557. Development of Enzyme-Free Microbial Saccharification Technology to Efficiently and Inexpensively Obtain Glucose from Biomass for the Production of Biofuels and Biochemicals
Greenhouse gas emissions from the agricultural sector amount to 5.41 billion tons per year globally (CO2 equivalent 2017), and have a serious impact on climate change. The enormous amount of agricultural waste generated as a byproduct of large-scale agricultural production and cellulose biomass such as fiber and used paper discarded from our daily lives are difficult to decompose in nature, and the disposal or incineration of such cellulose biomass generates more than 300 million tons of CO2 emissions worldwide.
In order to cope with global climate change and prevent further environmental degradation, it is essential to develop technologies to reduce greenhouse gas emissions, and there is a strong need to establish a sustainable resource management and utilization system that promotes recycling and upcycling of waste materials in order to achieve Japan's 2050 Carbon Neutral Declaration goal.
A joint research group of JIRCAS and King Mongkut's University of Technology Thonburi (KMUTT), Thailand, has been developing a new technology to efficiently and inexpensively obtain glucose, which is necessary for manufacturing biofuels and chemicals, from cellulose-based biomass such as stems, leaves, peels, and lees, as well as food residues, fiber and paper waste, and to produce biofuels and biochemicals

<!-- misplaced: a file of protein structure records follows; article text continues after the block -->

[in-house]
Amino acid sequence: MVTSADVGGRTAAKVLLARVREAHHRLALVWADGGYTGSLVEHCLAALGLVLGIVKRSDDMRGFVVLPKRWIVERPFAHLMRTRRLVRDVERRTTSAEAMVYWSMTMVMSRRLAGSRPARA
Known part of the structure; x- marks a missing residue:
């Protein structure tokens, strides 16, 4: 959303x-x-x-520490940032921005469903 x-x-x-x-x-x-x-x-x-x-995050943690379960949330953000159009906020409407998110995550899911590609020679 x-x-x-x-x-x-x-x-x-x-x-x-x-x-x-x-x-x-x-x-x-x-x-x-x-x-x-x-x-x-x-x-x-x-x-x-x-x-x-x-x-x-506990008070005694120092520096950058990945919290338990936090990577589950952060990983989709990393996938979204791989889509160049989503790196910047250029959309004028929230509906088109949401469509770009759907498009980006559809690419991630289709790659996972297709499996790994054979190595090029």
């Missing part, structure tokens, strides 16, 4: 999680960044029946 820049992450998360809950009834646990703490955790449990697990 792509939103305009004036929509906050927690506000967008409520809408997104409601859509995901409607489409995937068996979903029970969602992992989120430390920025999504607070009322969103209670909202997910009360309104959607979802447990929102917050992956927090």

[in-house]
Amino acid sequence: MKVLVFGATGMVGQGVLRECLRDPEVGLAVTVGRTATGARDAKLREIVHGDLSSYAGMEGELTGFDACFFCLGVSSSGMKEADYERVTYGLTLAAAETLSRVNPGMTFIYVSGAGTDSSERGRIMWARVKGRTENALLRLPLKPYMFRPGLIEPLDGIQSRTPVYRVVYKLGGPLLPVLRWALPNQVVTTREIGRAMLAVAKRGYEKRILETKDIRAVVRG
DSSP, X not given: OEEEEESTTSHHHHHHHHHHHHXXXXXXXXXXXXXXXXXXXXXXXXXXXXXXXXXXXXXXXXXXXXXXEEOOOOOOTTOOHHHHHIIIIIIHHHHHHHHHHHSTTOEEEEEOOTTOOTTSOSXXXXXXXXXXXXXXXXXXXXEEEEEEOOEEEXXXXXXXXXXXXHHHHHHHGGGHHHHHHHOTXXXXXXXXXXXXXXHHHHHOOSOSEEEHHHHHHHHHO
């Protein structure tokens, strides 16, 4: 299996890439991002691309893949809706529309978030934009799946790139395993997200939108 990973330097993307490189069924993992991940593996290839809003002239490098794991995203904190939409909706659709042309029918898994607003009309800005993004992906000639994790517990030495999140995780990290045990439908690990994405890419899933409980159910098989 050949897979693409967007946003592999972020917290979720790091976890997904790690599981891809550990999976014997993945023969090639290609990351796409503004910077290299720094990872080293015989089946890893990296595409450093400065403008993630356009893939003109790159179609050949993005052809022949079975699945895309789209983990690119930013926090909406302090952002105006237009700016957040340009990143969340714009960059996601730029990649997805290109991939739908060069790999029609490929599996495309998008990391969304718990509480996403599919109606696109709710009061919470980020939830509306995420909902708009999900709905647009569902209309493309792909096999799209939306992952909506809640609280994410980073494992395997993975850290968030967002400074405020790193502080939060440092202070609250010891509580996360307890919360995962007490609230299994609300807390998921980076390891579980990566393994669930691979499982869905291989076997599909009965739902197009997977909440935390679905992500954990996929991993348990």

Cellulose is the most abundant resource on earth, but its saccharification has so far required the use of large amounts of cellulase enzymes produced by mold culture. However, cellulase enzymes are difficult to recycle, and their purchase and preparation are costly. In bioethanol production using cellulase enzymes, the cost of cellulose saccharification is the second most expensive cost after the raw material cost, accounting for approximately 30-40% of the production cost, which has been a barrier to its practical application.
The "microbial saccharification" technology developed by JIRCAS and KMUTT is a revolutionary technology that converts cellulose to glucose using only microbial cultivation, without the need for any enzyme addition. This technology successfully utilizes cellulose-degrading ability, sugar preference, and cellobiose reaction that stops the enzyme from working by culturing cellulose hyper-degrading bacteria and β-glucosidase-producing bacteria together.
The microorganisms can be cultured repeatedly and produce the enzymes necessary for cellulose degradation on their own during propagation, eliminating the need to purchase cellulase enzymes. Since this will reduce costs, it is expected to be applied to materials that have not been recycled, such as waste cotton fiber, which is estimated to amount to about 1.7 million tons per year in Japan.
In addition, in a microbial saccharification experiment using blended fabrics (a mixture of cotton and polyester), only the cotton fiber portion was completely converted to a glucose saccharide solution, confirming that 100% of the polyester resources can be recovered, and the glucose saccharide solution can be recycled into energy, fuel, and plastic materials.
Contributors: KOSUGI Akihiko and UKE Ayaka (Biological Resources and Post-harvest Division)
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